Short of finding a pre-injury Blaine Irby frozen in one of the team’s cryo-pods, there was never going to be a ton of wow factor at tight end for 2017. As of now, though, there’s reason for cautious optimism that the position won’t hold the offense hostage.

Left Tackle

  1. Connor Williams
  2. Denzel Okafor
  3. J.P. Urquidez
  4. Jean DeLance
  5. Sam Cosmi

Indispensability Index runner-up Connor Williams is healthy (thank God) and kicking the expected amount of ass. After that...things get skinny in a hurry. As of now it sounds like Denzel Okafor is the de facto #2 at both left and right tackle. Urquidez has been running third team, and it seems that the light just hasn’t come on for Jean DeLance at this point. Cosmi redshirts

Left Guard

  1. Patrick Vahe
  2. Alex Anderson
  3. Derek Kerstetter

Vahe has had an outstanding camp after remaking his body in the offseason and should significantly elevate his play following a largely lost 2016 campaign. Alex Anderson has looked solid in backup work, and shouldn’t cause disaster if called upon to play significant snaps.

Center

  1. Zach Shackelford
  2. Jake McMillon
  3. Alex Anderson
  4. Terrell Cuney

Off-season ankle surgery looks to have set Zach Shackelford to rights, and he’s been solid once he returned to running with the 1’s. If he goes down you’re almost certain to see Jake McMillon kick over to center, though Anderson has been repping there as well as an emergency option.

Right Guard

  1. Jake McMillon
  2. Patrick Hudson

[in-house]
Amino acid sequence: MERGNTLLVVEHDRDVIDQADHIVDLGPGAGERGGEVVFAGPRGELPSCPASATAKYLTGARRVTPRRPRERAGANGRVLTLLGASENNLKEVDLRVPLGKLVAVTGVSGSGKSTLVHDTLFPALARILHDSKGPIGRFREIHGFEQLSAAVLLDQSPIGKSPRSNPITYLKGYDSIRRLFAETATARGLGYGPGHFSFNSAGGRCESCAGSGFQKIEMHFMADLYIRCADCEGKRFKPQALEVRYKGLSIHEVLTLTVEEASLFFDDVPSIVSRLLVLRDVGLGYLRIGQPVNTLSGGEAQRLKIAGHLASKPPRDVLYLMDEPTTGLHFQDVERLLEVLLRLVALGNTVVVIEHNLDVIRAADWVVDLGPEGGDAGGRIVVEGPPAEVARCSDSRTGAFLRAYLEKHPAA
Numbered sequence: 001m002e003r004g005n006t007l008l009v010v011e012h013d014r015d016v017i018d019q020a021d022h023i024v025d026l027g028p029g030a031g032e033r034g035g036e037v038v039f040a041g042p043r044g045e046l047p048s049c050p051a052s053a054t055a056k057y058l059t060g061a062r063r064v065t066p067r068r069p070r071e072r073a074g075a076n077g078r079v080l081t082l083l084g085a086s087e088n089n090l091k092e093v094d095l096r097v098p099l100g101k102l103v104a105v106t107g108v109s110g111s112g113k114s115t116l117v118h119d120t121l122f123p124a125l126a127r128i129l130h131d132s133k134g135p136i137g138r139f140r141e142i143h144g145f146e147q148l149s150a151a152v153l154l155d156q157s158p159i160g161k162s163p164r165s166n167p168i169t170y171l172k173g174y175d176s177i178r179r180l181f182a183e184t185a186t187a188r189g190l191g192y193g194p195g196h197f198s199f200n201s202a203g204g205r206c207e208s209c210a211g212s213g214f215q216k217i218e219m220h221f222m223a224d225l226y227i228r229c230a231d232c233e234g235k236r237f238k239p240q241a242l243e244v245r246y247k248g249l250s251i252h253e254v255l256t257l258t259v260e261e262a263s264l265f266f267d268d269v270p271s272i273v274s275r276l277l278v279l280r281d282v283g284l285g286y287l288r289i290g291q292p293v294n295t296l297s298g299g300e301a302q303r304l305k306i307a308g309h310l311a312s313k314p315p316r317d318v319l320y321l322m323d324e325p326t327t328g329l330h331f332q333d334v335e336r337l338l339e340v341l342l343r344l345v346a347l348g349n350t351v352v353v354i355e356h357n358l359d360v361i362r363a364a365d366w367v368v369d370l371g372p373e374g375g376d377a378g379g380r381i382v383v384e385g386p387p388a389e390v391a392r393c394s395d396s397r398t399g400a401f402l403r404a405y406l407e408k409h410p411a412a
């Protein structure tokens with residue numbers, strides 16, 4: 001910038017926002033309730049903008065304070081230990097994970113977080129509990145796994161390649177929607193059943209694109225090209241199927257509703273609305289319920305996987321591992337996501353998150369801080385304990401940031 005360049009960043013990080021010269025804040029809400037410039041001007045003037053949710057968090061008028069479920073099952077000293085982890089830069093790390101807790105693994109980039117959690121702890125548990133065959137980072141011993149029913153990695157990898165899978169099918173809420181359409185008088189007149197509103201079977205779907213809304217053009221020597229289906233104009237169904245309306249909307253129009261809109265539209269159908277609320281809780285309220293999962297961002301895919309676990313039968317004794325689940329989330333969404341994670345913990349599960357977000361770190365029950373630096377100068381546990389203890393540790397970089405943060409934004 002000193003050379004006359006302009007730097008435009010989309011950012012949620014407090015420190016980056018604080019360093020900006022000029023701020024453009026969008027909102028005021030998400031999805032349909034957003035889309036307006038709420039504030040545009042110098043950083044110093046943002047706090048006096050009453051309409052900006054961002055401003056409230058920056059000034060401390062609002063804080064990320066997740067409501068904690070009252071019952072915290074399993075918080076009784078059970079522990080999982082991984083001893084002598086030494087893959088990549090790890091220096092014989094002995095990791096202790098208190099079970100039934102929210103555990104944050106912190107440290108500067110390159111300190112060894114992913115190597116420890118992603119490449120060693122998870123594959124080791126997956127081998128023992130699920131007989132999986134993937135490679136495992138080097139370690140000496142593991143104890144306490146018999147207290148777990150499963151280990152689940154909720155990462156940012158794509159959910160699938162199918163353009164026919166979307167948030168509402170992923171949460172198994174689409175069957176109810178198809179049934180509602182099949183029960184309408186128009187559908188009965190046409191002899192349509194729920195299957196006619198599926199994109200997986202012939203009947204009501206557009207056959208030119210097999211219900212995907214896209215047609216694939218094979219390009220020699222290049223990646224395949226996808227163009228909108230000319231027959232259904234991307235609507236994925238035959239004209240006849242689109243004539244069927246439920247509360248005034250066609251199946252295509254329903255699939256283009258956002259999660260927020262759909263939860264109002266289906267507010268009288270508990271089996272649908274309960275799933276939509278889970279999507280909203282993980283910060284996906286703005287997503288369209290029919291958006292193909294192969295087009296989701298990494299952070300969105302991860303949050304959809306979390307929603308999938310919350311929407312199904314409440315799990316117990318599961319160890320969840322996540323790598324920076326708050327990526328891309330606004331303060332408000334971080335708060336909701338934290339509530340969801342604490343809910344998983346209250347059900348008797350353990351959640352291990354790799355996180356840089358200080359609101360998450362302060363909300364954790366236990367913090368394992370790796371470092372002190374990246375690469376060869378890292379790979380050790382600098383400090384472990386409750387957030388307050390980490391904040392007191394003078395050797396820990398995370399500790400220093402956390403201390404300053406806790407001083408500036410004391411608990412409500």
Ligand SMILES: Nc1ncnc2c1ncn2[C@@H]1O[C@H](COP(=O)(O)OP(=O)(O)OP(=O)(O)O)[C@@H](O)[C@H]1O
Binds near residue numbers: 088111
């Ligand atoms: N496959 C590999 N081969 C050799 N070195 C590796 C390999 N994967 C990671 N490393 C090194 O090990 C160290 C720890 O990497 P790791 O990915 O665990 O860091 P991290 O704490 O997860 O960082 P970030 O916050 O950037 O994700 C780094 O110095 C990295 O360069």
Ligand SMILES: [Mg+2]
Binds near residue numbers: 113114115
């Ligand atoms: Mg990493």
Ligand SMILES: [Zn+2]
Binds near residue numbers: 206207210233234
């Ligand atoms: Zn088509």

3. Alex Anderson
  4. Derek Kerstetter

McMillon has taken care of business as expected whether lining up at guard or center and remains the fiercest phone-booth dude on the interior OL. The game may be slowing down for Patrick Hudson, giving him the chance to see the field and start deploying his Sunday frame and athleticism sooner rather than later. Derek Warehime’s goal of finding eight starting-caliber players on the OL took a torpedo amidships when Evan Robert Elijah Rodriguez went down, but Hudson may allow the staff some flexibility if he closes camp on a strong note.

Right Tackle

  1. Tristan Nickelson
  2. Denzel Okafor
  3. Zach Shackelford
  4. J.P. Urquidez
  5. Garrett Thomas

After plenty of hubbub, we’re more or less back where we started at right tackle - Tristan Nickelson is holding down the fort on the strength of assignment soundness, and Denzel Okafor is pushing as he works to gain consistency. This still feels like an Oak takeover by the back half of the season, and still feels like the offense’s biggest potential trouble spot. Shackelford got some reps at right tackle and could end up being the de facto emergency option, particularly if Hudson’s play would allow him to plug in at guard and shift McMillon to center.

O-line still feels like a high-beta proposition as we get into the back part of camp. On the basis of pure physical ability we’ve got one of the conference’s strongest setups from left tackle over to right guard, but questions at the fifth spot and kinda-precarious depth mean that we may not breathe easy here all season.

All in all it’s been a positive camp for the offense. We’ll talk D tomorrow, and it’ll be all the more fun if you’ve got yourself a copy of the best Longhorn preview on the market.